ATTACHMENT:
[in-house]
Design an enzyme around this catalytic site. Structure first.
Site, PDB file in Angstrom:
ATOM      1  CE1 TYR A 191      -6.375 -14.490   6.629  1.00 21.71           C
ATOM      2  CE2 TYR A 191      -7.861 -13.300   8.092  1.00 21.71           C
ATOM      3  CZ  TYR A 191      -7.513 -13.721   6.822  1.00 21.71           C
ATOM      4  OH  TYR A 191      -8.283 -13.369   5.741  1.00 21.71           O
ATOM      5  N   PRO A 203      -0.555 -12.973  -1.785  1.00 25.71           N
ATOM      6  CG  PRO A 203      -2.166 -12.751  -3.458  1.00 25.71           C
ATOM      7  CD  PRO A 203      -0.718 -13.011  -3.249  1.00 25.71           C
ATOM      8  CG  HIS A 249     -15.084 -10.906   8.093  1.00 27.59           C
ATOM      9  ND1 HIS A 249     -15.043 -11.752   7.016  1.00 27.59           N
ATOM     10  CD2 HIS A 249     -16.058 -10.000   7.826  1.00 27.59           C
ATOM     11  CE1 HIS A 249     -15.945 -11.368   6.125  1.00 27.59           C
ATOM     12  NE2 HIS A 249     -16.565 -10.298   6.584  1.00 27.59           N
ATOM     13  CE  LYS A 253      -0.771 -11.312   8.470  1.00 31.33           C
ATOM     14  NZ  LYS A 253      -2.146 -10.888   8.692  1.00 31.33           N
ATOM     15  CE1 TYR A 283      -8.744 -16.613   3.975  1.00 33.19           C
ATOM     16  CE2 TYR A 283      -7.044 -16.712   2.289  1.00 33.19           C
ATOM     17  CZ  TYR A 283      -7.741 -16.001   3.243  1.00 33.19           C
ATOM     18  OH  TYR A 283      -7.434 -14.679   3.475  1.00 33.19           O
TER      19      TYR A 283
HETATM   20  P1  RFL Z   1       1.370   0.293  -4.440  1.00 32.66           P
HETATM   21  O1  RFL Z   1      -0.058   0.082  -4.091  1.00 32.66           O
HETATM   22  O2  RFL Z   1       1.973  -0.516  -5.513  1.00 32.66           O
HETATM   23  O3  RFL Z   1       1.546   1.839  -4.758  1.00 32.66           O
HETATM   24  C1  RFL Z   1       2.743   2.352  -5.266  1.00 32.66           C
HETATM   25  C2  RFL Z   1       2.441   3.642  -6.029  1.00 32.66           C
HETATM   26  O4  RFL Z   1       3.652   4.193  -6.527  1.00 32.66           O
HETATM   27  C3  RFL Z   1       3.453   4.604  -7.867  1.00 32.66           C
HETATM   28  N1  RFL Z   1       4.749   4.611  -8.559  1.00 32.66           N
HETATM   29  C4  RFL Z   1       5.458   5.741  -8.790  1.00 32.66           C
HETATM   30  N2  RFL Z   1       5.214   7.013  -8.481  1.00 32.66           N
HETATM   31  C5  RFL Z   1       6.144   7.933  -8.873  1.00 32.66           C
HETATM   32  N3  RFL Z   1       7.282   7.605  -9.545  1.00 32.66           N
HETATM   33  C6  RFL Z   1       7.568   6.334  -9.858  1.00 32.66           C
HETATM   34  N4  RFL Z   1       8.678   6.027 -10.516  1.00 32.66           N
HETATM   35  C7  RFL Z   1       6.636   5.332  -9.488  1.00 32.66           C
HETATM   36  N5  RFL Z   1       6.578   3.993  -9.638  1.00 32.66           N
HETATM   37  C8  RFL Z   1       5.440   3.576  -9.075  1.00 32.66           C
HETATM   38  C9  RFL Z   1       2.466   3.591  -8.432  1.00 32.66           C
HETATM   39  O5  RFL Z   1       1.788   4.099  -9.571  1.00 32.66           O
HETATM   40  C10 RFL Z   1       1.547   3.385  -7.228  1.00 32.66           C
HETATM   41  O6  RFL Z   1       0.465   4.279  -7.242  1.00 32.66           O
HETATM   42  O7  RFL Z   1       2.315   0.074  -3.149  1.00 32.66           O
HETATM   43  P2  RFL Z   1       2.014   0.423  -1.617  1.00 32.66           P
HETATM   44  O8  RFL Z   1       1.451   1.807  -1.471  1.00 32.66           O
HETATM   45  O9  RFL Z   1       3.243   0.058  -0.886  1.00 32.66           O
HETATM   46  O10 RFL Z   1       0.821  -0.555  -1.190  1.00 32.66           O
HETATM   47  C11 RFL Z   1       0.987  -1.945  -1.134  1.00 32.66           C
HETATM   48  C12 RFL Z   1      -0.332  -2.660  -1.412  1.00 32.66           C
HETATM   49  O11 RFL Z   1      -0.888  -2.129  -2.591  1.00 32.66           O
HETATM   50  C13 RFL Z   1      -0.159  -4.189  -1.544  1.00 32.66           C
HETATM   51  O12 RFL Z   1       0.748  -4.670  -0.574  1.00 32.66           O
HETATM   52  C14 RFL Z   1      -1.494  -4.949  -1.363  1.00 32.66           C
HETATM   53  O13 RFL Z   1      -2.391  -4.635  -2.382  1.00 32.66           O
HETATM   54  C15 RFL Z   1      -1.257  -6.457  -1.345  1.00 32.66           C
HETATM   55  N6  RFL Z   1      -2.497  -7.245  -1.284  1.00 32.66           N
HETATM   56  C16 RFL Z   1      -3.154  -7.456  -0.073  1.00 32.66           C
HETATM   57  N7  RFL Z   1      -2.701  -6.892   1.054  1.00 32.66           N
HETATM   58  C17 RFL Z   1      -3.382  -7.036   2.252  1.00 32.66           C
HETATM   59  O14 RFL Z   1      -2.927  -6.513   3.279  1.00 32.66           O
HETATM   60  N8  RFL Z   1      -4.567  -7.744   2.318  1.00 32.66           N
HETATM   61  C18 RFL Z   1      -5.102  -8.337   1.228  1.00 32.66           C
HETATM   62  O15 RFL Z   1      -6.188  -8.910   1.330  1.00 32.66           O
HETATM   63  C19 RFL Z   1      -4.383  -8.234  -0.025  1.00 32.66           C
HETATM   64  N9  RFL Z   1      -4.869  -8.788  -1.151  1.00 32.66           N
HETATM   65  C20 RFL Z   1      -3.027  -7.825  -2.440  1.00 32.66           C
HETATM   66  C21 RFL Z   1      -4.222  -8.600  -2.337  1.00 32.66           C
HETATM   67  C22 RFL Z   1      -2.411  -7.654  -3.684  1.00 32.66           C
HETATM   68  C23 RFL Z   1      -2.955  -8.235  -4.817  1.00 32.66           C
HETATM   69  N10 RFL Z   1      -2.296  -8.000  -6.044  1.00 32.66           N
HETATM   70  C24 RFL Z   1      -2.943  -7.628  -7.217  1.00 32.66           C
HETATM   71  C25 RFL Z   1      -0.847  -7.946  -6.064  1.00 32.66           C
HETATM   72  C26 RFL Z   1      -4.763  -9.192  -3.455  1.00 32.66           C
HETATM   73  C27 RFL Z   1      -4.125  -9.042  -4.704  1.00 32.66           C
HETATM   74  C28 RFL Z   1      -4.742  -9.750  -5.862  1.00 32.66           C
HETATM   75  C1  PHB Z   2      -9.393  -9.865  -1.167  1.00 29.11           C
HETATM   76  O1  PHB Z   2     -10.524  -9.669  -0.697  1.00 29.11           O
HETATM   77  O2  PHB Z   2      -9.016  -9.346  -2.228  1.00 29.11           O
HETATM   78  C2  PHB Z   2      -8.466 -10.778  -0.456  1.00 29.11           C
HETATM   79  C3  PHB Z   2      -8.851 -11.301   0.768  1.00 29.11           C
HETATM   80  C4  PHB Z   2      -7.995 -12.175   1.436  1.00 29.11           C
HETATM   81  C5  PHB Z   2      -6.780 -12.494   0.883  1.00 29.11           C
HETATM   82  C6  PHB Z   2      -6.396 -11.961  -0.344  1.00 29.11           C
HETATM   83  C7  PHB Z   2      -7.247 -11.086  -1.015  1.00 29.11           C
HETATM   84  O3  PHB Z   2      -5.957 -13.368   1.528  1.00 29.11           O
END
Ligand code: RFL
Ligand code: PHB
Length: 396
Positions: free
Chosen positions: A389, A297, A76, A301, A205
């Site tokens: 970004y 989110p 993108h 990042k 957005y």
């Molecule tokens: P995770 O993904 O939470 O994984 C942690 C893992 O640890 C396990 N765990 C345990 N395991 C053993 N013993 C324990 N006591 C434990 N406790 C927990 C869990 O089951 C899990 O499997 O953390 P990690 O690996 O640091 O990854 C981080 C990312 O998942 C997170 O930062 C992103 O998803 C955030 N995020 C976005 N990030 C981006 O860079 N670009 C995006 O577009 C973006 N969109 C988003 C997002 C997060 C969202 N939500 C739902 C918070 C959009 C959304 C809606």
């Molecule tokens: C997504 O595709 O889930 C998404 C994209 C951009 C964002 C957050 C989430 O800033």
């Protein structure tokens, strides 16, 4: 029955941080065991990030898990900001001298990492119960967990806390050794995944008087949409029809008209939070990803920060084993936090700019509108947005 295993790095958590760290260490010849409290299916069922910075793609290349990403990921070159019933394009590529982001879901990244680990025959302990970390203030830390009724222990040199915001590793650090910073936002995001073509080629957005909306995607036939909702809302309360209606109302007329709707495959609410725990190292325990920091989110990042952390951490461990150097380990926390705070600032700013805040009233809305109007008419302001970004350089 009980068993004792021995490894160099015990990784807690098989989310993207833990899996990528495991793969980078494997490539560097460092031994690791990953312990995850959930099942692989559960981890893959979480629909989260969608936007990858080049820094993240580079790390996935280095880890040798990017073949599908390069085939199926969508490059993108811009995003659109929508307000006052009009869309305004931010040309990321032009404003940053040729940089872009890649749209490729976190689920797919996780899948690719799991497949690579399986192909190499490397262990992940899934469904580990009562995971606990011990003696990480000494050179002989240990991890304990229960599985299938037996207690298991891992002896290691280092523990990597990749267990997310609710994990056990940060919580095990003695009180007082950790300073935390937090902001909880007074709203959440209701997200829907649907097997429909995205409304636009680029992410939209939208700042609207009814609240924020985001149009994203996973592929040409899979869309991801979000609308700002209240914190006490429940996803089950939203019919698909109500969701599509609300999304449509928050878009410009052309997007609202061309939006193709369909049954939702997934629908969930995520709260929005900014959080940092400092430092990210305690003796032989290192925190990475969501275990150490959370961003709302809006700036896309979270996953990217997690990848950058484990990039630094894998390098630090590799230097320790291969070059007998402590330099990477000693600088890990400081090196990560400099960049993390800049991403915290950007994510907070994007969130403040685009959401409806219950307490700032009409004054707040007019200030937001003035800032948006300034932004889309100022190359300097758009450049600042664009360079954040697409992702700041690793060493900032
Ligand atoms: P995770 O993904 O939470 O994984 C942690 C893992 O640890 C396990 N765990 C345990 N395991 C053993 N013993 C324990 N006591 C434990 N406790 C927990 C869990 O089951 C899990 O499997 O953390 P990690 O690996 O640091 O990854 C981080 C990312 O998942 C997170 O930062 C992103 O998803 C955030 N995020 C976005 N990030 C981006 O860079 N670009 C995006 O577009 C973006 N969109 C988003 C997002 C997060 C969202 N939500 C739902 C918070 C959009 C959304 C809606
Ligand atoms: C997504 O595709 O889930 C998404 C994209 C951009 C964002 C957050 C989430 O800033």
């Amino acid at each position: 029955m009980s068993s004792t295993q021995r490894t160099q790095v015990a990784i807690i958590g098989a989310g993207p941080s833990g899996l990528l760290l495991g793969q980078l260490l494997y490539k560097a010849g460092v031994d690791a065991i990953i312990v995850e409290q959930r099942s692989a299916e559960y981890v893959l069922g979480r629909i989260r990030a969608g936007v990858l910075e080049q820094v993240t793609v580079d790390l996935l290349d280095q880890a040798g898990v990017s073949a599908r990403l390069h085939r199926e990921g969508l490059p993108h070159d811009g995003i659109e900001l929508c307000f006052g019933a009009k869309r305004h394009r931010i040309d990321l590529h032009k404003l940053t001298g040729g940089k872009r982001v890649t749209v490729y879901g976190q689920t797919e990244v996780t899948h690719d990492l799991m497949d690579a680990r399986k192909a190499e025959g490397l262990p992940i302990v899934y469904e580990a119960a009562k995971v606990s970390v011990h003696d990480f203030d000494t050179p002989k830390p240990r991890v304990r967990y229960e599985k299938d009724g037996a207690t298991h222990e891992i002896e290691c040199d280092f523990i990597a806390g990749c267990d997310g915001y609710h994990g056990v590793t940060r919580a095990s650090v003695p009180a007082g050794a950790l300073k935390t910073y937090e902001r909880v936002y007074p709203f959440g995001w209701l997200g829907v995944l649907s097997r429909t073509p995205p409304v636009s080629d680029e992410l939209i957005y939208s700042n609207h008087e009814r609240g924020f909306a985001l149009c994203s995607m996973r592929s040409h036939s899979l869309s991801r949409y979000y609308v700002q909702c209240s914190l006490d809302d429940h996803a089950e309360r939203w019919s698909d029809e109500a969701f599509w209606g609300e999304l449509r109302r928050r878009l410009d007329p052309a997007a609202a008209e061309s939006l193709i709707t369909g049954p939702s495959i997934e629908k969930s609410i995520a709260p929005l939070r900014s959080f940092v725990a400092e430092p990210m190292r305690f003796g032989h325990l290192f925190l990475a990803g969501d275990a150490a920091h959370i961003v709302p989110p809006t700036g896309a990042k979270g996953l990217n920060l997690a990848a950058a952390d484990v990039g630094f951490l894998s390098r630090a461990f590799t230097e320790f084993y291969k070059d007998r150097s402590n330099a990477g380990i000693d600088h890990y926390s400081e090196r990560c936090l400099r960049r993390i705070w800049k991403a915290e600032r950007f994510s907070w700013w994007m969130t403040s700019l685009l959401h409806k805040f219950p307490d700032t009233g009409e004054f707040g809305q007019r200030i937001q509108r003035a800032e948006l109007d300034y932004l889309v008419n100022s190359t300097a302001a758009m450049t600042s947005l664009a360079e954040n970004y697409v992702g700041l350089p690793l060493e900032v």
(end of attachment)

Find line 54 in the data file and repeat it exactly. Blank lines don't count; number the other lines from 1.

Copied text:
HETATM   51  O12 RFL Z   1       0.748  -4.670  -0.574  1.00 32.66           O